The NFL confirmed Friday that New York Jets wide receivers coach Miles Austin has been suspended indefinitely for violating the league’s gambling policy.
According to league spokesman Brian McCarthy, Austin is appealing the suspension. The league will have no further comment.
There is no indication Austin was betting on NFL games, a person with knowledge of the situation told USA TODAY Sports. However, the person said Austin was placing bets on other professional sports leagues, which violates the rules for NFL coaches and team personnel. Players are allowed to gamble on other sports leagues and even college football, however. The person spoke on the condition of anonymity because of the sensitivity of the matter.
Austin’s lawyer, Bill Deni, said in a statement that the 10-year NFL veteran placed wagers from a legal mobile account on ‘table games and non-NFL professional sports’ while maintaining he did not gamble on the NFL.
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Austin, 38, is in his second season coaching the Jets wide receiving corps and began his coaching career as an offensive quality control coach with the San Francisco 49ers in 2019. He had spent the two previous seasons as a pro and college scouting intern with the Dallas Cowboys, the team he played for in eight of his 10 NFL seasons.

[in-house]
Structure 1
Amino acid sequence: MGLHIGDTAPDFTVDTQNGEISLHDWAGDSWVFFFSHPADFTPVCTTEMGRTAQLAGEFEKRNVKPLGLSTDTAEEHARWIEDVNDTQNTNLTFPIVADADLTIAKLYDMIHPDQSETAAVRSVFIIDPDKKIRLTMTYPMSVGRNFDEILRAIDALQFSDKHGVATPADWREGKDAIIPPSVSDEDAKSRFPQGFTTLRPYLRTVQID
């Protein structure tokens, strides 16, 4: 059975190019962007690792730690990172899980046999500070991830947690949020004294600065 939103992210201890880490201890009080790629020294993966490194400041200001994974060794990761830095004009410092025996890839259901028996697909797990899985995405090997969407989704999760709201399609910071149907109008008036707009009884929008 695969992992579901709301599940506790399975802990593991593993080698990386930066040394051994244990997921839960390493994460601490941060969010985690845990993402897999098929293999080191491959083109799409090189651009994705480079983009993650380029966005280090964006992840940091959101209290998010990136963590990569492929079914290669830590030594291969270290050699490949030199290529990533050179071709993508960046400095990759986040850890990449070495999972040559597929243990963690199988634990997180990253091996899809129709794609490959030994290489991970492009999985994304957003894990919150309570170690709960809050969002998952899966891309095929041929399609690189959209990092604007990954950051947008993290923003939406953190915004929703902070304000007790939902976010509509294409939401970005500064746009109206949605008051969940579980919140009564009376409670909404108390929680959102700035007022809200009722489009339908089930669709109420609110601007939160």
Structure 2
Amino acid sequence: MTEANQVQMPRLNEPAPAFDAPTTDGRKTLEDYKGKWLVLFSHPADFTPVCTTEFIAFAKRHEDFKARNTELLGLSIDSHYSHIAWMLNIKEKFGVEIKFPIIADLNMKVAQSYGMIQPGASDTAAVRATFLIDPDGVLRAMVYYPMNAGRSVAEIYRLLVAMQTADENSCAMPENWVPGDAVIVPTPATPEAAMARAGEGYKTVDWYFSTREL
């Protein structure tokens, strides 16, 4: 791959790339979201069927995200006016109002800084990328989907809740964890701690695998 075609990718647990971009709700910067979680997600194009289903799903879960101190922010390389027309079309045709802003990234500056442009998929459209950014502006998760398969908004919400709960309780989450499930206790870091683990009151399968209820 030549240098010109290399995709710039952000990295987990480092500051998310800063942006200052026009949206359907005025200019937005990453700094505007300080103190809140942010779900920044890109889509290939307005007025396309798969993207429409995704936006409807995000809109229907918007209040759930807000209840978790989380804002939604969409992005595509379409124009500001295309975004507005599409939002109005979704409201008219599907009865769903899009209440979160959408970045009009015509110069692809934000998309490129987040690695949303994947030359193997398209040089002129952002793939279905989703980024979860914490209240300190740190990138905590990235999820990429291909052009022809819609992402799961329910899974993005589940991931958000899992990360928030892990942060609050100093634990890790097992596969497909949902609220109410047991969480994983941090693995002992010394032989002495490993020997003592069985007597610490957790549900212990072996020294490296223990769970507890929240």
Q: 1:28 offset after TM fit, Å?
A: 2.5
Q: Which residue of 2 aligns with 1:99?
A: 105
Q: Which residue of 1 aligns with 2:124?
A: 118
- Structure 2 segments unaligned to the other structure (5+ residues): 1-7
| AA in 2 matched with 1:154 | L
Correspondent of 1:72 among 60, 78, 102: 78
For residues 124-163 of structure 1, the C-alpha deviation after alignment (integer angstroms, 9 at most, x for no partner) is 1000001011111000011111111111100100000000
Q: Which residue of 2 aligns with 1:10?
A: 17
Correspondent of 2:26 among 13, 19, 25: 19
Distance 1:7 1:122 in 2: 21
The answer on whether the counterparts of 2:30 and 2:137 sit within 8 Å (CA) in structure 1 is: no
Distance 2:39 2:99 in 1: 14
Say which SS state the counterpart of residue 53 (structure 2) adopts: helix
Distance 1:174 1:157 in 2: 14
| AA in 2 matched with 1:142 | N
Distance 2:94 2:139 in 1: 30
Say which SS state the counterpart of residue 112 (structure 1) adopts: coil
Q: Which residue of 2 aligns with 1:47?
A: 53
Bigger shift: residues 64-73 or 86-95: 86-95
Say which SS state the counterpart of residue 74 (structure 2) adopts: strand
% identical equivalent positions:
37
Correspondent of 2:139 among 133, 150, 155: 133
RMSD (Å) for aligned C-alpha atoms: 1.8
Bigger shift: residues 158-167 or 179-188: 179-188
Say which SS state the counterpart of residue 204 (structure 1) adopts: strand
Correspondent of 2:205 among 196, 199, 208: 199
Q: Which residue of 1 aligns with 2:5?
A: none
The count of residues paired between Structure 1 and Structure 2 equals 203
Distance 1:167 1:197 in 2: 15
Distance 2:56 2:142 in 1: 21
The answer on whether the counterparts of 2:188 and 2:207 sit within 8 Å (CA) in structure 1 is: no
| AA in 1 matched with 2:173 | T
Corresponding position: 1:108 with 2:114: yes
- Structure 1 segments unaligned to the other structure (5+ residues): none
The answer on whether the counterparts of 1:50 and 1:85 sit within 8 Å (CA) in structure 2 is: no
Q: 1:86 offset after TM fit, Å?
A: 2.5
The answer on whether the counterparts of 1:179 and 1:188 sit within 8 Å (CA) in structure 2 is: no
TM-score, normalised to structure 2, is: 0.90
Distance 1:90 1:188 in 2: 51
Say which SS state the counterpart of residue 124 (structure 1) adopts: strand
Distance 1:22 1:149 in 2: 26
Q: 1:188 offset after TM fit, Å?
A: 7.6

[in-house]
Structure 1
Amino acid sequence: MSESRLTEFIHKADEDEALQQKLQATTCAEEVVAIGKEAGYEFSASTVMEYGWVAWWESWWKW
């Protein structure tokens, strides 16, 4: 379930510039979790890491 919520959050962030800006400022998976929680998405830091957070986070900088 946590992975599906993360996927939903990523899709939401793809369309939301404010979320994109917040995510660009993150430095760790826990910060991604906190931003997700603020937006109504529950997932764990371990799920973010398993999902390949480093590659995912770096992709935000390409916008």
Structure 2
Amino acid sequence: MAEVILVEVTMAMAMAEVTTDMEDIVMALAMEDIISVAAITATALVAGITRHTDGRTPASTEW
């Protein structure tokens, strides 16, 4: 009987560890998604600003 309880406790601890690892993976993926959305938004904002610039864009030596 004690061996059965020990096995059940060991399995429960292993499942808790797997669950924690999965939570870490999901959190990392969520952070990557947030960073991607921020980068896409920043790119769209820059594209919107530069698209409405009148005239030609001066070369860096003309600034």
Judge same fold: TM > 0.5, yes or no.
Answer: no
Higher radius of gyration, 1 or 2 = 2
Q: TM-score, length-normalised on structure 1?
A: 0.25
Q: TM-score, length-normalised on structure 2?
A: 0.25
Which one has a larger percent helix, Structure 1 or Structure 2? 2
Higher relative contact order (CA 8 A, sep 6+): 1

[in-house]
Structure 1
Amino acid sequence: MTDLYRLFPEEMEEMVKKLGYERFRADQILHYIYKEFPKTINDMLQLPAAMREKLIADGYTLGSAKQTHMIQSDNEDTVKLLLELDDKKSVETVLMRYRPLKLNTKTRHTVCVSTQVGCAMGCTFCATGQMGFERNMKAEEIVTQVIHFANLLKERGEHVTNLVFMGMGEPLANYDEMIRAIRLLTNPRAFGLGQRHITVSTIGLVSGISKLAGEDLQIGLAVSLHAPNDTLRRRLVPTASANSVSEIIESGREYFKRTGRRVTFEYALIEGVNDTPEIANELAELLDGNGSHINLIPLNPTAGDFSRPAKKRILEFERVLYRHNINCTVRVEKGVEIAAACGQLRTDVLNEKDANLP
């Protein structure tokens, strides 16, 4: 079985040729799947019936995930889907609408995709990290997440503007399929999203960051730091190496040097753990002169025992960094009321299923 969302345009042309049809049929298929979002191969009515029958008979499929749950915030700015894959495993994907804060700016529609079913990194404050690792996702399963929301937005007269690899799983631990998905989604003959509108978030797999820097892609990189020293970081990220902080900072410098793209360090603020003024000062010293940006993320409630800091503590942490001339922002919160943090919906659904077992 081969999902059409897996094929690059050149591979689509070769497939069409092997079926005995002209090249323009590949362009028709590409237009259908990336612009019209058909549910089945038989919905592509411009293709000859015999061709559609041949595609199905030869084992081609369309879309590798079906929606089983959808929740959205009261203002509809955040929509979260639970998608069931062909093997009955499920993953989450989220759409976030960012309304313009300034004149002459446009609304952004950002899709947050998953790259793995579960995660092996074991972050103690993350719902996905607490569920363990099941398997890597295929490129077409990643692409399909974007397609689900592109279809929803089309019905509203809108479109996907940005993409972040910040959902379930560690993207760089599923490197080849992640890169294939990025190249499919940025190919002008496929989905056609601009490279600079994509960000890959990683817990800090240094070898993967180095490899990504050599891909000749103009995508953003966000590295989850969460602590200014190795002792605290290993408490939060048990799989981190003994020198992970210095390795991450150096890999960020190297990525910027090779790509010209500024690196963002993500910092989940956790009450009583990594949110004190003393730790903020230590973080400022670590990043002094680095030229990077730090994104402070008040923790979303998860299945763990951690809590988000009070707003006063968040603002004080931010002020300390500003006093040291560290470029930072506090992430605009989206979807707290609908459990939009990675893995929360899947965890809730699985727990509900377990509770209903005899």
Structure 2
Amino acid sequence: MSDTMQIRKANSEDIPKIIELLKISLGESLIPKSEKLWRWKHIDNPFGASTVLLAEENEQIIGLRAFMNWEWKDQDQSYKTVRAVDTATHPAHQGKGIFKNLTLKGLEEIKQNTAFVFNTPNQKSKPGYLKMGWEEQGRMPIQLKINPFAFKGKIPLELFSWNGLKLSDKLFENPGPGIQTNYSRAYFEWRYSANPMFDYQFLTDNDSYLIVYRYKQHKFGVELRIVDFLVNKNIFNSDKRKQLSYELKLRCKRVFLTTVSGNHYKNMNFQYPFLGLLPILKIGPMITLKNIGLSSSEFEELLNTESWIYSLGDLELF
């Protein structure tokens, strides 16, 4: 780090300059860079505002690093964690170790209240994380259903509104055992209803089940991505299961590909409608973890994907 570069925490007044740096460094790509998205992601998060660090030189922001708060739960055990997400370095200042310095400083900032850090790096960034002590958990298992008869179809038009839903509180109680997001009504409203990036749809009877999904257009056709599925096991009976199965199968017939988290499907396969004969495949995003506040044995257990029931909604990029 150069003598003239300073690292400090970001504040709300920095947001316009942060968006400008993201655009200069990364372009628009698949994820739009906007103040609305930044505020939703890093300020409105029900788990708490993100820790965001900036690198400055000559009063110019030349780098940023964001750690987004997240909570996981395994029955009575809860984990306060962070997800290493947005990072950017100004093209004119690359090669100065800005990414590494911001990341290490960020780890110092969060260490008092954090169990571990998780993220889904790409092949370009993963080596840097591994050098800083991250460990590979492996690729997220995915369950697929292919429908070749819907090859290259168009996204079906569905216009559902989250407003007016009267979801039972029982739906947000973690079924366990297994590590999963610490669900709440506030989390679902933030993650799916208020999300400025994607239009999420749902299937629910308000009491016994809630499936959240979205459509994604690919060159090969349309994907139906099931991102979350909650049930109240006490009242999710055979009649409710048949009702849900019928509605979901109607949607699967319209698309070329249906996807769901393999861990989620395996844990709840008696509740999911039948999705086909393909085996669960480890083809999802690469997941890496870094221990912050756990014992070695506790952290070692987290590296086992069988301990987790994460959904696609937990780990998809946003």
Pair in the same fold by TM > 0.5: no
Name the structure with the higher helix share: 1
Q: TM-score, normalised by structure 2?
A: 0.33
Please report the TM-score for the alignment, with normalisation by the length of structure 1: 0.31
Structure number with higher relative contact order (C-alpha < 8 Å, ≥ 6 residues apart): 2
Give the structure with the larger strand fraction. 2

With the Cowboys, Austin made two Pro Bowls and was voted the 2009 Most Improved Player by the Pro Football Writers’ Association of America. Austin spent the final two seasons of his career with the Cleveland Browns (2014) and Philadelphia Eagles (2015).
Austin played collegiately at Monmouth and is a New Jersey native.
In April 2014, after his time with the Cowboys had concluded, Austin made a deep run in the World Poker Tour World Championship but finished short of the prize threshold.
This is the second gambling controversy connected to the NFL this year. In March, Jacksonville Jaguars wide receiver Calvin Ridley — then on the Atlanta Falcons — was suspended for a year because he made less than 10 bets while on injured reserve with a non-football illness. Ridley, however, was betting on NFL games and sometimes the Falcons, the league said.
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